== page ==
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Paris Confidential: The Mystery Mousse Behind The Chocolate Bar

One of the lovely things about the mousse, according to Dorie Greenspan, is its versatility: It goes as well with maple syrup as with peanut brittle — or nothing at all.
Mary Dodd
Courtesy of Dorie Greenspan
One of the lovely things about the mousse, according to Dorie Greenspan, is its versatility: It goes as well with maple syrup as with peanut brittle — or nothing at all.

Gather round, everyone: Dorie Greenspan has quite a story to tell. It's a tale of intrigue, sweets and the city of love.

Greenspan is the author of Around My French Table, and she's lived part time in Paris for 16 years, becoming familiar with how the French live and eat at home. And she spent a good deal of that time learning the arcane ways of her French hostesses, often by trial and error. For example, she says, "I discovered that, just like the fashionistas, hostesses never tell you which is the good stuff and which stuff comes from the Gap or the grocery. That's what friends are for — good friends."

Perhaps that's why it took her nearly a year to track down the recipe to what she's come to call the Top-Secret Mousse.

The chocolate mousse rests beside the candy bar culprit — the Nestle that hid the recipe in plain sight.
Mary Dodd / Dorie Greenspan
Dorie Greenspan
The chocolate mousse rests beside the candy bar culprit — the Nestle that hid the recipe in plain sight.

The mystery began innocently enough. At meal's end, a few of her friends would bring out a memorable dessert — a "rich, creamy, dark, dreamy, delicious chocolate mousse." Of course, she'd learned enough about French etiquette by then to know that getting the recipe would be all but impossible. That's why, when her good friend Martine served the mousse, she rejoiced. "At last, all would be revealed," she recalls thinking.

"But it wasn't! I couldn't believe it. When I asked her about it, she gave me a Gallic shrug and said, 'Oh, I'm so glad you liked it!' "

If even someone so close to her wouldn't give up the recipe, Greenspan decided her quest must be hopeless. So, when Martine served the dessert again, she abstained from asking and simply relished it instead. "This time I knew better than to say anything other than 'miam-miam,' which is the French equivalent of yum."

As Greenspan was preparing to leave, though, her friend surprised her at the door. "Martine handed me a small package, kissed me on both cheeks and gave me what could only be called a 'Mona Lisa smile.' What she'd given me was a Nestle chocolate bar! I was so puzzled that I could barely get 'thank you' out of my mouth when she turned the bar over."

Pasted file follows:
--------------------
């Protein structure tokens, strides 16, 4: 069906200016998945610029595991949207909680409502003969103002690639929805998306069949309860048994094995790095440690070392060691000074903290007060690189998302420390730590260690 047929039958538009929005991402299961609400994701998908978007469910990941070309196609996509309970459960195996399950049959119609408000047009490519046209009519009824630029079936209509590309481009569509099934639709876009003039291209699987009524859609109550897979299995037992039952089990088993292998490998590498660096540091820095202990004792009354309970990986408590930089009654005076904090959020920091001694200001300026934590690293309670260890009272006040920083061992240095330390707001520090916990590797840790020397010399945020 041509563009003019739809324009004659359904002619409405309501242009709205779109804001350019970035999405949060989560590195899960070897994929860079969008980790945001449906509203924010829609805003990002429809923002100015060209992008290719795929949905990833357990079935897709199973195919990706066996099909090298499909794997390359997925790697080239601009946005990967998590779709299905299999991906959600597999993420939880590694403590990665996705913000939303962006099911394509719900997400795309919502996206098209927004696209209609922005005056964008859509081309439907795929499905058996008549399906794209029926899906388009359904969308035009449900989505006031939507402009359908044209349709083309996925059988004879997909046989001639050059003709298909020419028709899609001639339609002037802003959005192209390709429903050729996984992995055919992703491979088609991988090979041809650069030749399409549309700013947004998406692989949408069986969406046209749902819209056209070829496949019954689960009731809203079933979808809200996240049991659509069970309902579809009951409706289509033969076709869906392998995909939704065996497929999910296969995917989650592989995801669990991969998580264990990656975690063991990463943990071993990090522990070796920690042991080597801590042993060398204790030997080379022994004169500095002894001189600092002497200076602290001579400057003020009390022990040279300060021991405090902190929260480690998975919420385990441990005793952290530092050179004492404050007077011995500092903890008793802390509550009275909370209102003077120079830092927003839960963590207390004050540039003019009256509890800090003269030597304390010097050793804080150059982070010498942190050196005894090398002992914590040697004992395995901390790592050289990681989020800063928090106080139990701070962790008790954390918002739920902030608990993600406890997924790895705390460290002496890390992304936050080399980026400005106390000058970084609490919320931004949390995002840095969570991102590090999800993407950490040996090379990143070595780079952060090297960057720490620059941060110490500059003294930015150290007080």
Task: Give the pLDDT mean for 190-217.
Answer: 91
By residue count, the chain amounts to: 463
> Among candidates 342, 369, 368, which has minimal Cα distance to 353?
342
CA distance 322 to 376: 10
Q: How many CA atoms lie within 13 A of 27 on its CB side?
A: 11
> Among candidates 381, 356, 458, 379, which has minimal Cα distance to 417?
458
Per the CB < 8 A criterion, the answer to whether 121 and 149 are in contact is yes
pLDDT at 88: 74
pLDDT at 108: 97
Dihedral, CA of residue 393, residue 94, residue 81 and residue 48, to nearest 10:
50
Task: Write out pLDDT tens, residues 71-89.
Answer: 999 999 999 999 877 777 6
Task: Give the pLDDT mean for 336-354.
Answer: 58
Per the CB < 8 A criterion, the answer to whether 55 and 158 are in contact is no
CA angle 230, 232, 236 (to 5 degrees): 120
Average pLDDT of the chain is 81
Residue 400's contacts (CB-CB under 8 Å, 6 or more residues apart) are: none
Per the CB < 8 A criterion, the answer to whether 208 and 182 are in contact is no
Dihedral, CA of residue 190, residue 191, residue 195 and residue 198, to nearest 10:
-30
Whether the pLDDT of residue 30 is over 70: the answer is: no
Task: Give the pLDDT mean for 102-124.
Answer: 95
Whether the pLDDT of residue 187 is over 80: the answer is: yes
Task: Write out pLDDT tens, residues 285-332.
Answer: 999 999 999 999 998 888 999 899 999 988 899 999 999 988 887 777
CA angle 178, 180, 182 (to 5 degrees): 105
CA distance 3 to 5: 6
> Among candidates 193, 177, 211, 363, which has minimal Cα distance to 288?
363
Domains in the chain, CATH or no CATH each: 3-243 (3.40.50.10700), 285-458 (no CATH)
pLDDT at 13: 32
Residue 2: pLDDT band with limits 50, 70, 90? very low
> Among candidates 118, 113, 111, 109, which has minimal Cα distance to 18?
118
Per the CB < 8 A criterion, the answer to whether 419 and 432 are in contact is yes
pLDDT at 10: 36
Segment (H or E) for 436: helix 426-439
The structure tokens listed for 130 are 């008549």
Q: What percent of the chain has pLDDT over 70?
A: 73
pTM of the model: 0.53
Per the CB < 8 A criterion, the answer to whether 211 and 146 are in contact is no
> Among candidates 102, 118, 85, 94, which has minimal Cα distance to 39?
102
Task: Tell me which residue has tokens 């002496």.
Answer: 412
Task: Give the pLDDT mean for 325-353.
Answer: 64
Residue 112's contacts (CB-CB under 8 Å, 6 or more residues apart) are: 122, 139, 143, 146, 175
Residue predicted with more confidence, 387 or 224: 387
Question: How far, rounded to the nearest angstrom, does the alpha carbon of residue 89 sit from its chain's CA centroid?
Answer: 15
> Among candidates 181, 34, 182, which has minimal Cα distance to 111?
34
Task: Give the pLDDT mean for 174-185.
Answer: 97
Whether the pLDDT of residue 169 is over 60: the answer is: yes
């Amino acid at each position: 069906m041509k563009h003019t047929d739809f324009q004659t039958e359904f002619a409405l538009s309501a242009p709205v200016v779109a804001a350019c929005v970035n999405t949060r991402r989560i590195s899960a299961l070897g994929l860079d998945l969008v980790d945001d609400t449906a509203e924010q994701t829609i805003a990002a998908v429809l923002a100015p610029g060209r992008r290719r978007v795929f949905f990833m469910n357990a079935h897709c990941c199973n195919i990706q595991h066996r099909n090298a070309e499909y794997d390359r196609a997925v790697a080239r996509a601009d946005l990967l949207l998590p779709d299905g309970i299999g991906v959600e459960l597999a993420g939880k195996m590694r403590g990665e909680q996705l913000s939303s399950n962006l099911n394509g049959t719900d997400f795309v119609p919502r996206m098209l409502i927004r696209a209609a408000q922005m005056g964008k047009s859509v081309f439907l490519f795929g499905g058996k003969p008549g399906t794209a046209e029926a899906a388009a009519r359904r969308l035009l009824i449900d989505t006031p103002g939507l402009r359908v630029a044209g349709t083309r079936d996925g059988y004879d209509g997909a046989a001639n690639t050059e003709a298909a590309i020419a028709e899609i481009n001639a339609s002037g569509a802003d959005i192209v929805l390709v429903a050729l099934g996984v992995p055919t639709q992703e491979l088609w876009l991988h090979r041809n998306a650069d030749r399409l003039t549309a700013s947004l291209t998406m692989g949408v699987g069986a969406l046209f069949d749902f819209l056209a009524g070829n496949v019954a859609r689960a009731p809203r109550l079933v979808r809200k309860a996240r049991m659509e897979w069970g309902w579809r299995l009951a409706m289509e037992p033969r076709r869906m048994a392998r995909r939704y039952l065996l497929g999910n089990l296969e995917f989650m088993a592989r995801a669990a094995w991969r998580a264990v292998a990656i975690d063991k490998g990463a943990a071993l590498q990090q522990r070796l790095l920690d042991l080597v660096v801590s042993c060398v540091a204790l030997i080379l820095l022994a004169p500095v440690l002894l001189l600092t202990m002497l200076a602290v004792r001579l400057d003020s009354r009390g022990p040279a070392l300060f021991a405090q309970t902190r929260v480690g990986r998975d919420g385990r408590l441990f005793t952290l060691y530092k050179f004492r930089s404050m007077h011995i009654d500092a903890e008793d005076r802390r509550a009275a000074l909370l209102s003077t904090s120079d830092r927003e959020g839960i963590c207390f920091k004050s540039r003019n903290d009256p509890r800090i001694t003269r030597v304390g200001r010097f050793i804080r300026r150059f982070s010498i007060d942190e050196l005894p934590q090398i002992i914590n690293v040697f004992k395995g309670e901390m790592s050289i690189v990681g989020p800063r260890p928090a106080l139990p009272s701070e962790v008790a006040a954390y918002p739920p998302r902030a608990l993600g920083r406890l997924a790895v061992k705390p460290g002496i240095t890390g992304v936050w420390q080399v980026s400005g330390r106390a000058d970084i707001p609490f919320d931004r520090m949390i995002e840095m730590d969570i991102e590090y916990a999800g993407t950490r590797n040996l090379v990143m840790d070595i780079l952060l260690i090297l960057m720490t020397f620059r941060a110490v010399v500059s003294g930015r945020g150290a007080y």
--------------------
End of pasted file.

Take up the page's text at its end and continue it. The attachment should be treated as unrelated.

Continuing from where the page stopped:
And on the back of the bar was her answer: "There it was — the recipe for the mousse every savvy French cook makes."

It's simple, versatile and delicious. Most important, it's no longer secret. "Like my French friends," Greenspan says, "this is the dessert I turn to all the time. But unlike some of them, I'll give you my recipe. It's my Valentine's Day present to you."

Recipe: Top-Secret Mousse

Makes 4 servings

3 1/2 ounces bittersweet chocolate, coarsely chopped

3 large eggs, separated, at room temperature

Pinch of salt

1 1/2 teaspoons sugar

Whipped cream or creme fraiche, for serving (optional)

Gently melt the chocolate in a heatproof bowl over a saucepan of simmering water or in a microwave oven on medium power.

If necessary, transfer the chocolate to a bowl that can hold all the ingredients. Using a whisk, stir the egg yolks into the chocolate one at a time.

In the bowl of a stand mixer fitted with the whisk attachment or in a bowl with a hand mixer, beat the egg whites with the salt until they start to form peaks. Beating all the while, gradually add the sugar. Continue to beat until the whites are shiny and hold medium-firm peaks.

Spoon about one-quarter of the whites over the melted chocolate and stir with the whisk until the mixture is almost smooth. (Stirring in a bit of the whites lightens the chocolate and makes the next step easier.) Spoon the rest of the whites over the chocolate and, using the whisk or a large rubber spatula, very carefully fold in the whites. Be as thorough as you can without overworking the mixture — it's better to have a few white streaks than to beat the bubbles out of the mousse by overmixing (actually, I find the streaks appealing).

Spoon the mousse into a serving bowl or individual bowls or serve it now, or cover it and keep it in the refrigerator until you're ready for dessert.


Before the mousse sets, spoon it into individual cups — I love the way the mousse looks in martini glasses — or put it in a pretty serving bowl. I like to top it with lightly whipped heavy cream or creme fraiche. You don't have to stop there — the mousse is delicious with fresh berries, chocolate shavings, crushed candied nuts, nut brittle or even pulverized Heath Bar bits.


Covered well, the mousse will keep overnight in the refrigerator, although it will get denser as it stands.

Bonne idee

To give the mousse a mocha flavor, add 1 tablespoon strong coffee to the bowl with the chocolate to be melted. Alternatively, you can add another flavor when you whisk in the egg yolks; such as 1 teaspoon pure vanilla extract, 1/2 teaspoon pure almond extract, 1/8 teaspoon pure peppermint extract or a drop or two of pure orange oil.

A word on the eggs

The eggs in this recipe are not cooked, so it's important to use very fresh eggs, preferably organic and/or from a trusted local source.

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NPR Staff
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